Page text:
Researchers in the US and China have developed a new technique for quickly and accurately diagnosing eye-related diseases, by detecting biomolecular signatures in patients’ tears. Developed by a team led by Luke Lee at Harvard Medical School and Fei Liu at Wenzhou Medical University, the iTEARS system uses oscillating nanoporous membranes to isolate encased biomolecules from impurities, making them far easier to study and classify.
A major challenge faced by current clinical studies is the need to diagnose diseases in non-invasive ways. Valuable information about a wide range of biological processes can be found in exosomes: structures released from nearly all types of living cell, in which complex biomolecules, including proteins, lipids and nucleic acids, are encased in a cell membrane shell. By studying these exosomes, clinicians can identify the biological processes associated with specific diseases, without the need for more intrusive methods.
A particularly useful source of exosomes is patients’ tears – which share key biomolecular components with their blood, and are also far more readily accessible than other fluids in the eye. However, existing techniques for diagnosing patients in this way have so far been limited by long processing times, small sample volumes and low rates of exosome recovery.
In their study, reported in ACS Nano, the researchers introduce a new approach to teardrop analysis, named the “incorporated tear-exosomes analysis via rapid isolation system” (iTEARS). Their method first involves collecting tears on a non-invasive test strip, which is immersed in a salt solution. The fluid then passes between a pair of closely-spaced nanoporous membranes, made from anodic aluminium oxide.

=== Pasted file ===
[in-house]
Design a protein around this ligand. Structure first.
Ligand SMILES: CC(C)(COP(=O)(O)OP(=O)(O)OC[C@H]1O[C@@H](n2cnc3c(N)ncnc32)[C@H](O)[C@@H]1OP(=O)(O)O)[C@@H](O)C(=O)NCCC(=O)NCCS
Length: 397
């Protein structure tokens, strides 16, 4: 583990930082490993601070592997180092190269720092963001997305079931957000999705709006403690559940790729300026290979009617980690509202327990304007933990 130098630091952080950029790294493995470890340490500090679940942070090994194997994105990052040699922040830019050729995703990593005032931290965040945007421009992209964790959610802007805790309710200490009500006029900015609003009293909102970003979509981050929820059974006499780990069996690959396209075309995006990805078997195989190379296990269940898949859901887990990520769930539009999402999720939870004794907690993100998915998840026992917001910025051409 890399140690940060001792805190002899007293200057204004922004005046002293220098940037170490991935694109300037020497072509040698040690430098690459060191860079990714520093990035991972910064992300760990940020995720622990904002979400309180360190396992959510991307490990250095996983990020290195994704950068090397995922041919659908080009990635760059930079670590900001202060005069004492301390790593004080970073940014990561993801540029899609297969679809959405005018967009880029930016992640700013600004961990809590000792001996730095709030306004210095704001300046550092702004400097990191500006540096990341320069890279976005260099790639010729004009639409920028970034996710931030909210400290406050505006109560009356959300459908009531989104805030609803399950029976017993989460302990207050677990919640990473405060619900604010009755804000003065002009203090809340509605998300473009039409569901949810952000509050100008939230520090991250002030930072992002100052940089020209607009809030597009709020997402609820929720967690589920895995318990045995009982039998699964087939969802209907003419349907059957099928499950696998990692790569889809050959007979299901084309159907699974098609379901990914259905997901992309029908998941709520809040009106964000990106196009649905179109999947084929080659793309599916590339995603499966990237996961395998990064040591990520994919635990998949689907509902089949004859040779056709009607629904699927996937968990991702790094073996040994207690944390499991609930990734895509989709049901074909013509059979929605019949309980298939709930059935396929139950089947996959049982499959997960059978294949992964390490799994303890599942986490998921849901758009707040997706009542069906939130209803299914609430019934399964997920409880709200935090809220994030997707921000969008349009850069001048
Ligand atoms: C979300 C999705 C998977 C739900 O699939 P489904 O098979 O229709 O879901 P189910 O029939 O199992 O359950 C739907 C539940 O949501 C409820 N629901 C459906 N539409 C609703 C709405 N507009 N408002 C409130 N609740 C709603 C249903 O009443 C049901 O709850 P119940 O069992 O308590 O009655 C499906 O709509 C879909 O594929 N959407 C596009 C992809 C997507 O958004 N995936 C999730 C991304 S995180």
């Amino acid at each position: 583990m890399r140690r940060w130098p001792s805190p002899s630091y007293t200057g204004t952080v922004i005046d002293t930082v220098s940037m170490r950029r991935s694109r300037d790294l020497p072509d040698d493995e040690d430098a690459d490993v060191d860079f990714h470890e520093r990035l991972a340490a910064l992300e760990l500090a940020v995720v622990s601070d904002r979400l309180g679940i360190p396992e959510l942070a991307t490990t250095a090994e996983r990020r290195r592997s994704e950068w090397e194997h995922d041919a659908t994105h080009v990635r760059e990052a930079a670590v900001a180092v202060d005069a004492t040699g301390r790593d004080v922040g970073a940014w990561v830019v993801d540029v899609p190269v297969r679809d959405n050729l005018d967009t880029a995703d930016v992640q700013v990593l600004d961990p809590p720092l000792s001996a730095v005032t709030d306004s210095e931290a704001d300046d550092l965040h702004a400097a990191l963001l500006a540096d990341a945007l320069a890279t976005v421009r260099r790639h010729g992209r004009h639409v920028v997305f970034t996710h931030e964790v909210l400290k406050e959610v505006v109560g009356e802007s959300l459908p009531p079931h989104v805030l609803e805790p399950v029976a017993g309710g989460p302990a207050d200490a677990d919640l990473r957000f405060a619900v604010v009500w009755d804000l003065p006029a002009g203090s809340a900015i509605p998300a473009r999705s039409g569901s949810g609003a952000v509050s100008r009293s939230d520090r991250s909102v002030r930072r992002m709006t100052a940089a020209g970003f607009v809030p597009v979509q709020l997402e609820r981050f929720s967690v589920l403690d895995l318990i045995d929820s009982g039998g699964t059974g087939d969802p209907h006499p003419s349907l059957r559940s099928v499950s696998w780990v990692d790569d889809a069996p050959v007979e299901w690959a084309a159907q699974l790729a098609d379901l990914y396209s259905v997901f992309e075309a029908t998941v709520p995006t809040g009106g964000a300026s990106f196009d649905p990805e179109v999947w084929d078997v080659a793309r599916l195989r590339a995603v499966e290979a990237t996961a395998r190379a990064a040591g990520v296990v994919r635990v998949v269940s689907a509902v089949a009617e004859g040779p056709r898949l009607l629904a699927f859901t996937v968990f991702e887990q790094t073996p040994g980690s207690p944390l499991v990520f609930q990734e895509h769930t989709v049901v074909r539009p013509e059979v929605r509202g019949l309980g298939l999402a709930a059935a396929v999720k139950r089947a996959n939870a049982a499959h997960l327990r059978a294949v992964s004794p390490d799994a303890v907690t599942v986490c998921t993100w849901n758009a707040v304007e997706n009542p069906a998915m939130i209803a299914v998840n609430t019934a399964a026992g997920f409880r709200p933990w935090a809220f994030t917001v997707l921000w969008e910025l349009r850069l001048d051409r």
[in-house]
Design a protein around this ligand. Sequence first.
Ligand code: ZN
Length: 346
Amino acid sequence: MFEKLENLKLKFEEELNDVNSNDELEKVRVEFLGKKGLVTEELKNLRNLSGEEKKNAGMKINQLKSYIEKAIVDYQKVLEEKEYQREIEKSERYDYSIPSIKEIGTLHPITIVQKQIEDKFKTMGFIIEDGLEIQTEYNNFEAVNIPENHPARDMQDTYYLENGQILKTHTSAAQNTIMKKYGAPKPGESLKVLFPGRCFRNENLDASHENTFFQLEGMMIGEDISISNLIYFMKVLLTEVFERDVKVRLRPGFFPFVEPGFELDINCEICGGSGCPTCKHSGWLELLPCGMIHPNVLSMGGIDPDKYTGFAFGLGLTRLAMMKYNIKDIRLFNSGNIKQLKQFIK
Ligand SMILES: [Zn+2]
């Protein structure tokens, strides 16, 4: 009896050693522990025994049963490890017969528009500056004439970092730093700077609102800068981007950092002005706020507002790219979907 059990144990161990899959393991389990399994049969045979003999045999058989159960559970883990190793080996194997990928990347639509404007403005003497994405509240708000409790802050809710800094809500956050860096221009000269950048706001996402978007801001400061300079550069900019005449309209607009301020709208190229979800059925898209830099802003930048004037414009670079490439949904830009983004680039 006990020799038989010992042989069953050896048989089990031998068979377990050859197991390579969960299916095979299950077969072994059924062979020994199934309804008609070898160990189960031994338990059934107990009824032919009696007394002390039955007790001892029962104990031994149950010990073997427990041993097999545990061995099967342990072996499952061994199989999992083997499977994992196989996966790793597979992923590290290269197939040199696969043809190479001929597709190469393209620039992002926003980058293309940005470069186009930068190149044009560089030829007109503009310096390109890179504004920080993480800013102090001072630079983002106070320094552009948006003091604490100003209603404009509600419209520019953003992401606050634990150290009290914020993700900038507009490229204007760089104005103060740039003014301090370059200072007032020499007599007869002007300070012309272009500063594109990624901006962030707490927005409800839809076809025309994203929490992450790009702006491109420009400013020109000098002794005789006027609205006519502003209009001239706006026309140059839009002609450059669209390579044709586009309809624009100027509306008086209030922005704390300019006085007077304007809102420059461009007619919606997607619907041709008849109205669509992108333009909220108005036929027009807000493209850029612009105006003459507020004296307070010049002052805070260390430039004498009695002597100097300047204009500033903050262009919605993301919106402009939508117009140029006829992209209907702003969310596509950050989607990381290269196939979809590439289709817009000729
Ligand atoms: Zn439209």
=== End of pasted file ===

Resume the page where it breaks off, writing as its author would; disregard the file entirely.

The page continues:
Both membranes are driven to oscillate by the varying pressure difference between the fluid inside them, and the space outside. During these oscillations, small biomolecule fragments could pass through the barriers, while leaving the exosomes trapped inside. Subsequently, the team could remove the exosomes’ cargo from their cell membrane casings, ready for analysis.
Using iTEARS, the researchers analysed the tears of human participants – some healthy, and some suffering from one of a variety of eye-related diseases. For each patient, the technique allowed them to isolate high yields of pure exosomes from just a few teardrops (roughly 10 µl) within just 5 min. Altogether, they identified over 900 types of protein in the samples.
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Out of these, 426 were found in exosomes associated with dry eye disease: a common condition where tears provide insufficient lubrication for the eye. By identifying three specific proteins in a patients’ tears, the researchers could also distinguish between two subtypes of dry eye disease, which each require different treatments.
Further, the researchers found that an excess of four types of RNA molecule was indicative of diabetic retinopathy, a complication of diabetes that damages the retina. Based on this early success, they hope that iTEARS could provide fast, accurate and non-invasive diagnosis for a wide range of eye-related conditions and other diseases.